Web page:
Friday, 27 September 2013

10,000 students back on full govt bursary

10000 students back on full govt bursaryThe Ministry of Education yesterday released new figures of students who will benefit from the university bursary scheme, reinstating over 10,000 who had been scrapped off the beneficiaries’ list.

Those reinstated on full scholarship represent at least 80 per cent of the 13,000 students who had appealed against a decision to remove them from the scheme, which had gone into force at the beginning of this month.

Effective the academic year 2013-14, which started on September 2, government rolled out a cost-sharing policy for tertiary education, leaving those from “well off” families to pay for their tuition, while others from moderately rich families had to raise half, while the other half would be paid by government.

The determination of which category a student was put in was based on the already existent social classification programme, commonly known as Ubudehe.

In a news briefing yesterday, the Minister of State in charge of Primary and Secondary Education, Mathias Harebamungu said that, 13,216 students had raised complaints.

The committees that visited every family of the students billed 10,298 (81 per cent) as deserving full bursary coverage and living allowance.

Also, 2,388 (18 per cent) of the complainants were found to be capable of raising half the tuition, Rwf 300,000 and meet their living allowances, according to Harebamungu.

Ninety-two students lost the appeal, and were told to pay full tuition after the review of their individual cases. In implementing the policy, government harmonised tuition in all public learning  institutions, putting it at Rwf600,000 annually.

“Our government is very generous, we considered all the cases even those that complained after the deadline of filing complaints which was September 10,” said Harebamungu, adding that now all petitioners should go to their respective schools to register for the new academic year.

They can also, starting today, get the decision regarding their petition from the website of Rwanda Education Board.

The deadline for registration for the academic year is September 30, but Harebamungu said registrars will even work during the week-end to register the 30 per cent of the students in public universities who had not yet turned up.

“There is no need for more appeals, because committees were fair enough and students got enough time to appeal.”

The genesis

The new policy was first discussed during the National Dialogue of 2011.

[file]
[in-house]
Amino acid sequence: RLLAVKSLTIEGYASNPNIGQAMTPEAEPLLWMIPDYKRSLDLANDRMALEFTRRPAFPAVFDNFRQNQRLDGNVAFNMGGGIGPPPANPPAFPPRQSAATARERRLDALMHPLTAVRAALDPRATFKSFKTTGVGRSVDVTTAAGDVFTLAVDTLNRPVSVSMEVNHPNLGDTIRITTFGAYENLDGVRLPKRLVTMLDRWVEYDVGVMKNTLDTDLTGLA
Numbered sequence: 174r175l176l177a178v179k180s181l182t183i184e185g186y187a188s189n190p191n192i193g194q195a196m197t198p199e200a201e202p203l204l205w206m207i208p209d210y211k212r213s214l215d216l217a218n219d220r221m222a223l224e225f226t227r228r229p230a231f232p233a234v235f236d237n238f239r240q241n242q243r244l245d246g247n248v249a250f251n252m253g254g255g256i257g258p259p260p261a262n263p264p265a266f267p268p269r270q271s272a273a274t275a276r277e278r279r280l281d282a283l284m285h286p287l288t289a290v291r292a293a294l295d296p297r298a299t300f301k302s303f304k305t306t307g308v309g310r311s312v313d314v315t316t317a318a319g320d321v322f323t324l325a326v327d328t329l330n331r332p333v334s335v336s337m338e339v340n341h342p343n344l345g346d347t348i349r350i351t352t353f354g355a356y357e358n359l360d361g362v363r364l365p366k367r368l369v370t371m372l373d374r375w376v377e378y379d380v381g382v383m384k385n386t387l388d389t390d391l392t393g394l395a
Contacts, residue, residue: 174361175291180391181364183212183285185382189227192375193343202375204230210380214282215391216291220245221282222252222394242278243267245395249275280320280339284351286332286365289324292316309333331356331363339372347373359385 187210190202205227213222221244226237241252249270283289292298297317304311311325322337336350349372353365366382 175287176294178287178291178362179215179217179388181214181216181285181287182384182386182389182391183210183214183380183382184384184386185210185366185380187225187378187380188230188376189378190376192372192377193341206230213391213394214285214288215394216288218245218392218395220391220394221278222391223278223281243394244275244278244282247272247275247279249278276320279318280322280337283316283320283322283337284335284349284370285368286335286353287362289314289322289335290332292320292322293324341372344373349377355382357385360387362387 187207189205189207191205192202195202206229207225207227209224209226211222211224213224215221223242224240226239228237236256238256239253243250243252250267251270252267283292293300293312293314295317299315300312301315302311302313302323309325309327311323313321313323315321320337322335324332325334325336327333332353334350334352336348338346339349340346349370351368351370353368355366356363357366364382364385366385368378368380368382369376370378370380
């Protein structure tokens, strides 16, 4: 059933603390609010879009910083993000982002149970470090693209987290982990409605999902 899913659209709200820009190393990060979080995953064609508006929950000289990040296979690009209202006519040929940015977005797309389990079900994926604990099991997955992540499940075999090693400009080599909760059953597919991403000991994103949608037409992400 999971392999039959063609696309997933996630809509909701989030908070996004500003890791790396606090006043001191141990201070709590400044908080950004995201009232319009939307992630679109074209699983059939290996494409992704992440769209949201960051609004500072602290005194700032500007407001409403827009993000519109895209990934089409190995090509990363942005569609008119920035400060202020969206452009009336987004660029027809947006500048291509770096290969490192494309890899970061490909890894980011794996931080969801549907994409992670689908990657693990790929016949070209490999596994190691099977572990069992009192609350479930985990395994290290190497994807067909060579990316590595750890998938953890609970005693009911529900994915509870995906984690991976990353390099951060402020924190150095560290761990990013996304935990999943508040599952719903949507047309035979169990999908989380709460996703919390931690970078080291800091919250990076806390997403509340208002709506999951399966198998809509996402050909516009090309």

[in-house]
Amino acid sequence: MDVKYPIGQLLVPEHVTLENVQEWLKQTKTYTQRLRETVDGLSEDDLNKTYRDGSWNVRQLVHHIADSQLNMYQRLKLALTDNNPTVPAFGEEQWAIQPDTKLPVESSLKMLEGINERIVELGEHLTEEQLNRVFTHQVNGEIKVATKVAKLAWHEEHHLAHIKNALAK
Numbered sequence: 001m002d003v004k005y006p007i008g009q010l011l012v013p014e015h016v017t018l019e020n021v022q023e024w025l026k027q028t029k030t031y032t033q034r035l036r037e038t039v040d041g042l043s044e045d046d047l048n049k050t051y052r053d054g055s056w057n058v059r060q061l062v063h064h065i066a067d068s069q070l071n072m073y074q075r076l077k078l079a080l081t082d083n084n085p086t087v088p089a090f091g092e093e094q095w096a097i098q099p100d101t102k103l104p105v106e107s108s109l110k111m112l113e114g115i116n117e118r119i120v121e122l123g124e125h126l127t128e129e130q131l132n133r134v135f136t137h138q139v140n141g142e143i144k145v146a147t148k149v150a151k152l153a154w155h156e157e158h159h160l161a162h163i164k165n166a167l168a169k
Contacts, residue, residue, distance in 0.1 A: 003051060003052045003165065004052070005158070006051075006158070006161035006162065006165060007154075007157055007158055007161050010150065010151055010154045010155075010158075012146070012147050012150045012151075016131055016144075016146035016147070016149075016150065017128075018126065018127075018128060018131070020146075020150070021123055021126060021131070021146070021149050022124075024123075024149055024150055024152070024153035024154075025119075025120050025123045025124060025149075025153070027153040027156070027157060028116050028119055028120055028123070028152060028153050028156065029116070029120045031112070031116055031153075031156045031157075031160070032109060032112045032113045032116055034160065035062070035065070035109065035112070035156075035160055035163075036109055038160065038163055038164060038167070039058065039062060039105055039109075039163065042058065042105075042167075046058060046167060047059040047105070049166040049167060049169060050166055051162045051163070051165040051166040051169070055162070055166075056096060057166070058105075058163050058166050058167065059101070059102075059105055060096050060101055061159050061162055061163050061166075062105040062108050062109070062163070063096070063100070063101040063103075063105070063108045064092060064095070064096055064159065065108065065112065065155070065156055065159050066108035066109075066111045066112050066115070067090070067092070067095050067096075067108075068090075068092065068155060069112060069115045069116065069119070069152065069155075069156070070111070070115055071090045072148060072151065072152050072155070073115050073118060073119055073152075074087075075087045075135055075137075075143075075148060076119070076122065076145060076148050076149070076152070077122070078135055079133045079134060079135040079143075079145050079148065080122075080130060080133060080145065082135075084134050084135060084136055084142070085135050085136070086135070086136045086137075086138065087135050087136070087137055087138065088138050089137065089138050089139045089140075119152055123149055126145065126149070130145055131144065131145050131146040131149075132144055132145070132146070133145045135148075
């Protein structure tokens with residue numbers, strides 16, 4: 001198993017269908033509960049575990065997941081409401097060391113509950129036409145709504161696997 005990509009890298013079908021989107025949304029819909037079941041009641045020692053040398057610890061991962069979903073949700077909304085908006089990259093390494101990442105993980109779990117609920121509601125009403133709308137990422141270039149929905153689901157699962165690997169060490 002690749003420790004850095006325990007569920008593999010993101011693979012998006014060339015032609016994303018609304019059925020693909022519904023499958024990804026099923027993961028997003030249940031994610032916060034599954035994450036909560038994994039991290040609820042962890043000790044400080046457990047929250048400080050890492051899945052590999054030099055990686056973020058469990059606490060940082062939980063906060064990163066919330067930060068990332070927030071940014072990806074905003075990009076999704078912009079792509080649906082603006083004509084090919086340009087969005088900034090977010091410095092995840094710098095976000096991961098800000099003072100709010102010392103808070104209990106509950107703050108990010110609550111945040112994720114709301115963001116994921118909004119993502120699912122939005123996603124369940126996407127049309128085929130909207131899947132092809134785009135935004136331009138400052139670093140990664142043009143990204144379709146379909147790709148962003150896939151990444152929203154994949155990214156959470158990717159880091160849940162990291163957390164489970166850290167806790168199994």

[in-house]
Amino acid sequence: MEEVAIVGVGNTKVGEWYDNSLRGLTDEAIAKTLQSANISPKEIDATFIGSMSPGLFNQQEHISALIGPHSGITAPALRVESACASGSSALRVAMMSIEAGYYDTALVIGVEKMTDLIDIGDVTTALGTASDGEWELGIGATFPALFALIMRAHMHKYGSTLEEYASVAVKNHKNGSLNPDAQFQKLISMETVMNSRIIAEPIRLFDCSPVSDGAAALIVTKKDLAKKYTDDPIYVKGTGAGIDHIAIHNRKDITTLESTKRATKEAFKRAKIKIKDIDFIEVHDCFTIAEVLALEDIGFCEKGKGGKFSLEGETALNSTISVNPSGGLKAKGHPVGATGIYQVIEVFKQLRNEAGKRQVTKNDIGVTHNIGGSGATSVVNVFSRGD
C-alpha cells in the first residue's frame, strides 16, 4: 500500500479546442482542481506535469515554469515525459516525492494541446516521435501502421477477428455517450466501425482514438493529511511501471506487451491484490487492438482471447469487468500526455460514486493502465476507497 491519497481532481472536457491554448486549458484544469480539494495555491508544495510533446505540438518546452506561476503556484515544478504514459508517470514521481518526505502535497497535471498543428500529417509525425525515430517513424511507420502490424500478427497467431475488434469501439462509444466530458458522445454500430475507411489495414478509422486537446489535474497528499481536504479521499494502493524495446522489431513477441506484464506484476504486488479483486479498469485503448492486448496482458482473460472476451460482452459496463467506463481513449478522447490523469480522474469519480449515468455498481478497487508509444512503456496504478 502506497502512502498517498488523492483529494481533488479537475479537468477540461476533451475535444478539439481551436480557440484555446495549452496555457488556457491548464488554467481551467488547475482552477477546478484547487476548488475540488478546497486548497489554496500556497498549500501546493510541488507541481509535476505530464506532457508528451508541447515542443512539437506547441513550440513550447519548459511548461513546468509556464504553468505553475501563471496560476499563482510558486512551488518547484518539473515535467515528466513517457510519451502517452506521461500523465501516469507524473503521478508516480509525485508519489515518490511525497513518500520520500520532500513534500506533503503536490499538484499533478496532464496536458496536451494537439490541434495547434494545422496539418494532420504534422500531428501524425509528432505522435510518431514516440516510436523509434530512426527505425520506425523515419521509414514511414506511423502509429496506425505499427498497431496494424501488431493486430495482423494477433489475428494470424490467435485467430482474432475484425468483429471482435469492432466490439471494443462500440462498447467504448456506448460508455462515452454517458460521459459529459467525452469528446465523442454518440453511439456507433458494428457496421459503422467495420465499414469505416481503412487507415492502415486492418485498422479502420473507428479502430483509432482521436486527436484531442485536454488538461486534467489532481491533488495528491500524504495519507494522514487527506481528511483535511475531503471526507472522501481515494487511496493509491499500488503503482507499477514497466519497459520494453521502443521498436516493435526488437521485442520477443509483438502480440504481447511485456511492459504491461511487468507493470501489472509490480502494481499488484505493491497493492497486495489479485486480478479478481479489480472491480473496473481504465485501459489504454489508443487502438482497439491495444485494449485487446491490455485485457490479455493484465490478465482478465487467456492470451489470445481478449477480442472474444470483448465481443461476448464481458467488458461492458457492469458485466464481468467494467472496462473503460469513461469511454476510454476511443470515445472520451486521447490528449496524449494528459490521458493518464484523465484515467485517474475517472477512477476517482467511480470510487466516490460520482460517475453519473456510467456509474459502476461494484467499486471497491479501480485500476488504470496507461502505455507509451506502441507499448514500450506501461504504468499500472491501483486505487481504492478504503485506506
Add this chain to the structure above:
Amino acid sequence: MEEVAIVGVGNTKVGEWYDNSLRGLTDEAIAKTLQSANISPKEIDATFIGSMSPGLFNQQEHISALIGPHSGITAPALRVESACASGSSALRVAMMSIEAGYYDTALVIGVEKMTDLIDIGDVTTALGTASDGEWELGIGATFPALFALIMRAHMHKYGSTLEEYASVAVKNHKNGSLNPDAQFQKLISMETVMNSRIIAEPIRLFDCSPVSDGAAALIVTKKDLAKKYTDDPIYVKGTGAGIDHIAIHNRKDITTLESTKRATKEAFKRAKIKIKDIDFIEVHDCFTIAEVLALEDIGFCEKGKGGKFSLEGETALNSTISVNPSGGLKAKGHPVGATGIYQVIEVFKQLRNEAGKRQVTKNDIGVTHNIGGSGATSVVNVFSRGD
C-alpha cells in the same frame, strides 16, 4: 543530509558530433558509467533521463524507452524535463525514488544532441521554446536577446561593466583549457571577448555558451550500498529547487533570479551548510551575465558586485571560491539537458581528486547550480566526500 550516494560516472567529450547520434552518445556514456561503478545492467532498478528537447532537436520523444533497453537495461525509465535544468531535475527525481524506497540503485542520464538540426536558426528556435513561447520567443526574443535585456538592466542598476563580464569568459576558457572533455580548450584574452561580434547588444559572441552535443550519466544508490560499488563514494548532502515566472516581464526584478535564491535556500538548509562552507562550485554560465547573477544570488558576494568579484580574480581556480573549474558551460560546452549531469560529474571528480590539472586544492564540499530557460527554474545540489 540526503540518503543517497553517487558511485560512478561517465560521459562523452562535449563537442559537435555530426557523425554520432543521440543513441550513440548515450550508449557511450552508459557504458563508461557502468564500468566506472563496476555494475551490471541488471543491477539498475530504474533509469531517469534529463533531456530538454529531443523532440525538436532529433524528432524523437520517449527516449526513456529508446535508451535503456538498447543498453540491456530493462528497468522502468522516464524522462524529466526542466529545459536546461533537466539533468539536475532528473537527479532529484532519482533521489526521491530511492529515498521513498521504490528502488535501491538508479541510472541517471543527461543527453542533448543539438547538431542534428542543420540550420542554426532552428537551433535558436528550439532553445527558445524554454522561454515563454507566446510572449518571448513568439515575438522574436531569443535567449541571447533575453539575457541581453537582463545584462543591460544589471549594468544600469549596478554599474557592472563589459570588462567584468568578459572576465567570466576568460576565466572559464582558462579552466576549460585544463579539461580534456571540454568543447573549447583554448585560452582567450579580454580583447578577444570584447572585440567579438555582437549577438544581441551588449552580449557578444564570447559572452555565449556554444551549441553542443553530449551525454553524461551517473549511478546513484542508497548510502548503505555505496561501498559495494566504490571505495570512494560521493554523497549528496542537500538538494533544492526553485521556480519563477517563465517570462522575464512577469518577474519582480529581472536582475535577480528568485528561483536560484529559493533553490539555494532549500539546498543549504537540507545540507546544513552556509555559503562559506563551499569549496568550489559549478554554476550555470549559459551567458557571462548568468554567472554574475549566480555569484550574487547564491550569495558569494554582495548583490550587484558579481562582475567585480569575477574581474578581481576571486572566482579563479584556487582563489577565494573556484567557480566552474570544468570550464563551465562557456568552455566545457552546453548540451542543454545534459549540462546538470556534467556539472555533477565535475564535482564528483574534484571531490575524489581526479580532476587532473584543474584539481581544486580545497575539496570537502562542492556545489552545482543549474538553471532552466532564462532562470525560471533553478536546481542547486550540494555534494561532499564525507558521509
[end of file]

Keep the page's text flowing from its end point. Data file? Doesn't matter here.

In the meeting, the education and finance ministries were tasked to develop a mechanism that will ensure a cost-sharing arrangement between government and parents who can afford tertiary education of their children.

The rationale was to allow government to attend to other pressing issues like infrastructure development and research at public institutions of higher learning.

To enforce this, the ministries used Ubudehe classification programme that was set up in 2007 to inform poverty reduction strategies in the country.

Under the programme categories one and two will be granted the full tuition fees and living allowance.

Students whose families were found in categories three and four are required  to raise half, while those in categories five and six are billed to be from well off families which can fully meet their children’s tertiary education needs.

Many complaints have arisen since June, when students learnt about their categories, with many saying they would not afford the charges because their families are poor.


Government instituted a case-by-case review process and by September 9, at least 6,000 had filed complaints in different government institutions.

The review was carried out by district-level committees chaired by district vice mayors in charge of social affairs and they had completed the process by Wednesday, which they presented to the education ministry.

By press time, most students contacted did not know about their fate but were optimistic.

According to Wellars Bakundukize, a student from Kigali Institute of Science and Technology (KIST), “while visiting my family, the committee had quite short time, but I hope I am among those who have been reinstated because I truly deserve full scholarship.”

Yesterday, Bakundukize had come to school from his home in Nyamasheke District but the results had not yet reached his school.

Government had projected to save Rwf10bn through this system and Harebamungu said they are soon working out an arrangement with banks that will be giving loans to the students, which will ease the recovery process after the students have completed school and started working.

Study loans are given out in the hope that the beneficiary will pay back upon getting a job after university.

But this has not always been the case with Rwanda Education Board saying the majority of former beneficiaries have yet to refund the money.

Currently, of the estimated 38,000 students in various public universities, about 26,000 benefit from this bursary arrangement.

The students from families which had been deemed capable of footing their university education had also petitioned the Senate.

10,000 students back on full govt bursary


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